Again and again, Wiederkehr mentions authenticity as the core value that drives operations. “We don’t have a brand; we have each other,” he says. “If you know any one of us—Mike, Shannon, me, or any of our staff—you know who we are, [and] you have a pretty good window into the Beard,” he says. As with their punk-rock inspiration, there is a rough, egalitarian ideal in play—though Wiederkehr concedes they’re not for everyone. “We all just can’t help being who we are.”

The crew is tight-knit, and the founders reward commitment. Last year, Maass and Wiederkehr decided to expand the ownership team by handing Lynnette a stake in the brewery—no strings attached.

“They gifted that to me for blood-and-sweat equity for my three-year anniversary,” she says. “They were like, ‘Here’s how you’re doing: you’re doing great, we love you, here’s a little bit of a raise, oh, and we’re bringing you on the ownership team.’” She re-creates her shocked reaction of that day with sputtering sounds and wide eyes, but to Beard regulars, it was anything but a shock.

“Shannon bleeds creativity, beer education, and authenticity,” Wiederkehr says, calling her arrival at Burning Beard “serendipitous.” If Lynnette’s physical presence is rarely absent from the tasting room, her influence is omnipresent. She’s the driving force behind a beer-education program that permeates every aspect of the tasting-room experience, including charging $2 for tasters rather than unlimited splashes (which, admittedly, isn’t an ironclad rule). Communicating the value of beer as more than just a beverage, Lynette says, instills appreciation and allows drinkers of all experience levels to sip, learn, and enjoy.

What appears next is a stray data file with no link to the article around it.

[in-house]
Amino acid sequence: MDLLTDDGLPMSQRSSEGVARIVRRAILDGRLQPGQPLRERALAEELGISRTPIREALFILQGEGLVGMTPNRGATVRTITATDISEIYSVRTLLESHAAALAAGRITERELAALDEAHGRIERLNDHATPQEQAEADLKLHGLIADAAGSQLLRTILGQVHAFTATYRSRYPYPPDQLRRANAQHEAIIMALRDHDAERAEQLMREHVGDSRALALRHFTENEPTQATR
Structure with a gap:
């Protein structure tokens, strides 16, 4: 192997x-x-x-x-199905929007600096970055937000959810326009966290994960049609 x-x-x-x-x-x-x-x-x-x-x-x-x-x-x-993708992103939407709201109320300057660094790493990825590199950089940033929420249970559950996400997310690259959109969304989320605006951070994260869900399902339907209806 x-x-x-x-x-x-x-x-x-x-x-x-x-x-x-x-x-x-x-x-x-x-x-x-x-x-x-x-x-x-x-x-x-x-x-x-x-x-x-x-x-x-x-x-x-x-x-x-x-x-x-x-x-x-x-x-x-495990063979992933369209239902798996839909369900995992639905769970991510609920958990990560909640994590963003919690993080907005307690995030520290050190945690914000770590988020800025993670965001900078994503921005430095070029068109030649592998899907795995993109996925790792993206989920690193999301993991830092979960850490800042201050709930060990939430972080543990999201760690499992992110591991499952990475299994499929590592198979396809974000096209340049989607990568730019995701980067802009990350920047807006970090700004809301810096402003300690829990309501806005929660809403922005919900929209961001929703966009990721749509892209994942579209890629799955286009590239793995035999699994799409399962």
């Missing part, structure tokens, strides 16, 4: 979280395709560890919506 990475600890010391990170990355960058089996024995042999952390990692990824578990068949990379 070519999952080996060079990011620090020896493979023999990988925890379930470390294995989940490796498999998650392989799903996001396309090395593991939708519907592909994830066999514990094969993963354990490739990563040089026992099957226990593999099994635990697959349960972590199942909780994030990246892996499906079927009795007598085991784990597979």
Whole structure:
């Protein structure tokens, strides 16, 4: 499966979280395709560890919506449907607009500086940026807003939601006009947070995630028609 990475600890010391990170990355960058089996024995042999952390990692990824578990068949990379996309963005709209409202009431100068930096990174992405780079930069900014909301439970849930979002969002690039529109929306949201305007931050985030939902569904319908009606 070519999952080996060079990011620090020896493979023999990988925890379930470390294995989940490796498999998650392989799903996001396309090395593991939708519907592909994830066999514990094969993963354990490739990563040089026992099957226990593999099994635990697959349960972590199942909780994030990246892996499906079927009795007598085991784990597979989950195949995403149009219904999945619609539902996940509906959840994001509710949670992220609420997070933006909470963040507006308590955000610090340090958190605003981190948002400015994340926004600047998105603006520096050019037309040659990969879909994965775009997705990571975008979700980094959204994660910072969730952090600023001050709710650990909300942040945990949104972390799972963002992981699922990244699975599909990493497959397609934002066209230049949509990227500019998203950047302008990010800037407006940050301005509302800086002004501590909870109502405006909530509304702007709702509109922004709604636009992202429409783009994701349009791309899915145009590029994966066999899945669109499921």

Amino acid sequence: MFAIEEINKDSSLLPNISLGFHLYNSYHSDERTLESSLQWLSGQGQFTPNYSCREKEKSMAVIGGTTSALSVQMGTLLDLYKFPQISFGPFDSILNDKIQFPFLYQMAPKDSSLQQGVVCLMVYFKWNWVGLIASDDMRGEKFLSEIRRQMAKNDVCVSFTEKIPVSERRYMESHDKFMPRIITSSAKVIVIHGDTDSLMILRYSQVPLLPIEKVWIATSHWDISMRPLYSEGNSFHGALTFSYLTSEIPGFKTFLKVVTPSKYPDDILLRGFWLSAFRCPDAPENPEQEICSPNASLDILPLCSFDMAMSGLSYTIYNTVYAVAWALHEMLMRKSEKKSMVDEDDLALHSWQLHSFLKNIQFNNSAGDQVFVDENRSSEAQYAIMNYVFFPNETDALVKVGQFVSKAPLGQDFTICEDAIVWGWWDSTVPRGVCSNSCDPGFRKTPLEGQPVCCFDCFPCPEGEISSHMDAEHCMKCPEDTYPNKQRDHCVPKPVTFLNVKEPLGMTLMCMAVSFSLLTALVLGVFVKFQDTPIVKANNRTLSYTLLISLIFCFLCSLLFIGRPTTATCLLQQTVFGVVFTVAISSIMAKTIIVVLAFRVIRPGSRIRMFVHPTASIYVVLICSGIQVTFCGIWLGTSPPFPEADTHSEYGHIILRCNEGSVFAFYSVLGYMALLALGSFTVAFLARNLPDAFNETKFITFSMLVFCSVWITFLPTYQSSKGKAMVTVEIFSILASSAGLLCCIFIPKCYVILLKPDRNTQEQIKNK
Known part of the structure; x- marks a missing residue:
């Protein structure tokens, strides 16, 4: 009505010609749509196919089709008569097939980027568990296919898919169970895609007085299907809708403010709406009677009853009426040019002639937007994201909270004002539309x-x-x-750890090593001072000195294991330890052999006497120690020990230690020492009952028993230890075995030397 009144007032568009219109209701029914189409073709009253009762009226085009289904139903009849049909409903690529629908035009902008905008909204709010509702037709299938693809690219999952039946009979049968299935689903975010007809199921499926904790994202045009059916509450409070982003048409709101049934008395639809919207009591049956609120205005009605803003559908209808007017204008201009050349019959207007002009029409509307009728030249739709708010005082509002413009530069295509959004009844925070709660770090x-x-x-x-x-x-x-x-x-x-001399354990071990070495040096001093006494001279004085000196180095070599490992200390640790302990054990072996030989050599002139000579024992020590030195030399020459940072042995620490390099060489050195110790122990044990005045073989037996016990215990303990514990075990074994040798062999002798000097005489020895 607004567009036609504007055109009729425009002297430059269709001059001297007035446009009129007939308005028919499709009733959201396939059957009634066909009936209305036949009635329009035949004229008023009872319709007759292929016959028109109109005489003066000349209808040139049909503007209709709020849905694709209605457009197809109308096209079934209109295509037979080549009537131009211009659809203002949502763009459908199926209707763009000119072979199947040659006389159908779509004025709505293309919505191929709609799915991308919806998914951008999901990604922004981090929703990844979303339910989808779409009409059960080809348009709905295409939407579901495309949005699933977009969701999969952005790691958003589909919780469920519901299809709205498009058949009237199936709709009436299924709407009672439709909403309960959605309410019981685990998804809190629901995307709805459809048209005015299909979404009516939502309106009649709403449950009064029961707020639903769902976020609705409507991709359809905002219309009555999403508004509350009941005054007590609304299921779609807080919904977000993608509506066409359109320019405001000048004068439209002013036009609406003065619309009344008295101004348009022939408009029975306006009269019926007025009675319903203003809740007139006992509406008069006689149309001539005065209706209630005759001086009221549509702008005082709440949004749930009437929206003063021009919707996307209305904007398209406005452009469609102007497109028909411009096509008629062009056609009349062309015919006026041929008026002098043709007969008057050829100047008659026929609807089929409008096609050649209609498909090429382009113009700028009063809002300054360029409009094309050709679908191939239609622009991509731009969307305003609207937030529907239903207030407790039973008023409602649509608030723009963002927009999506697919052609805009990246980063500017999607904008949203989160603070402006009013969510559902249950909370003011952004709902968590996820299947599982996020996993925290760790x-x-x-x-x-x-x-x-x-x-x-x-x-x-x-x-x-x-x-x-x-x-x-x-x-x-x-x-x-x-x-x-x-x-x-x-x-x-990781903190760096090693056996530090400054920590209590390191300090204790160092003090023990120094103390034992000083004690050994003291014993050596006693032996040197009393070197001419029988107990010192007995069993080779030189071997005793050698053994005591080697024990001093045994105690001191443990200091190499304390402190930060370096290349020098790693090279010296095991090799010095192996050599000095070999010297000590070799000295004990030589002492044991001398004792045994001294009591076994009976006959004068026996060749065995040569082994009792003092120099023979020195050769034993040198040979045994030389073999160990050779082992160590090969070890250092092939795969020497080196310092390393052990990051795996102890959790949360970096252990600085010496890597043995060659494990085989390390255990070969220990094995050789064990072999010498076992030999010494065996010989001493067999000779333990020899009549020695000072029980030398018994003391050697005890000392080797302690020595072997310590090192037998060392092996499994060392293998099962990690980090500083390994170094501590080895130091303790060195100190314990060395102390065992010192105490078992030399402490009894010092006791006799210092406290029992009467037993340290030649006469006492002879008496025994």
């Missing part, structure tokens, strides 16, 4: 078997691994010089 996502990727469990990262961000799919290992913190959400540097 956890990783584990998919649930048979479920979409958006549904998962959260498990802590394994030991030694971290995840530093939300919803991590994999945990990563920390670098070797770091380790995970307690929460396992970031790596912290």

The rest of Burning Beard’s roster—the “Ministry of Beer”—includes an unusually high number of women employees. They appear to share a common appreciation of experimentation, honesty … and, yeah, a lot of tattoos. Based on the legendary jukebox there, it probably doesn’t hurt to be a metalhead, either. Burning-Beard-3


The brewery’s specially designed coolship room. Photo: Courtesy Burning Beard


Vibe & Future

Reputation plus far-flung location leads to a wide-ranging mix of Beard patrons. Mechanics and welders from around the corner join hardcore beer fans who’ve made the trek from downtown San Diego.

The tasting board—split into esoteric categories such as “Postmodern” (mostly IPAs), “Medieval” (classic European styles), “Gothic” (Belgian-style ales and high-ABV stouts), and “Transcendental” (tart, sour, and wild ales)—intentionally omits descriptions. That leads to conversations between “beardtender” and drinker.

“I hate splashes,” Lynnette says, with force. “It doesn’t tell anyone anything about the beer to give them a warm, watered-down taste of beer. People want beer education—it’s awesome.”

Rather than building an empire of multiple satellite tasting rooms, Burning Beard has focused its attention on home base, nurturing the existing space to make it the best and most distinctive it can be. “One of the reasons we haven’t opened a second tasting room is we have something unique out there” in El Cajon, Lynnette says. “We’d rather just keep investing in that community, which is why we built a coolship. We would rather make sure there’s a proprietary yeast strain that East County gets to herald as its own, rather than spreading ourselves too thin.”

Based on the solid following and accolades the Beard has collected in its four-year tenure, the strategy appears to be working.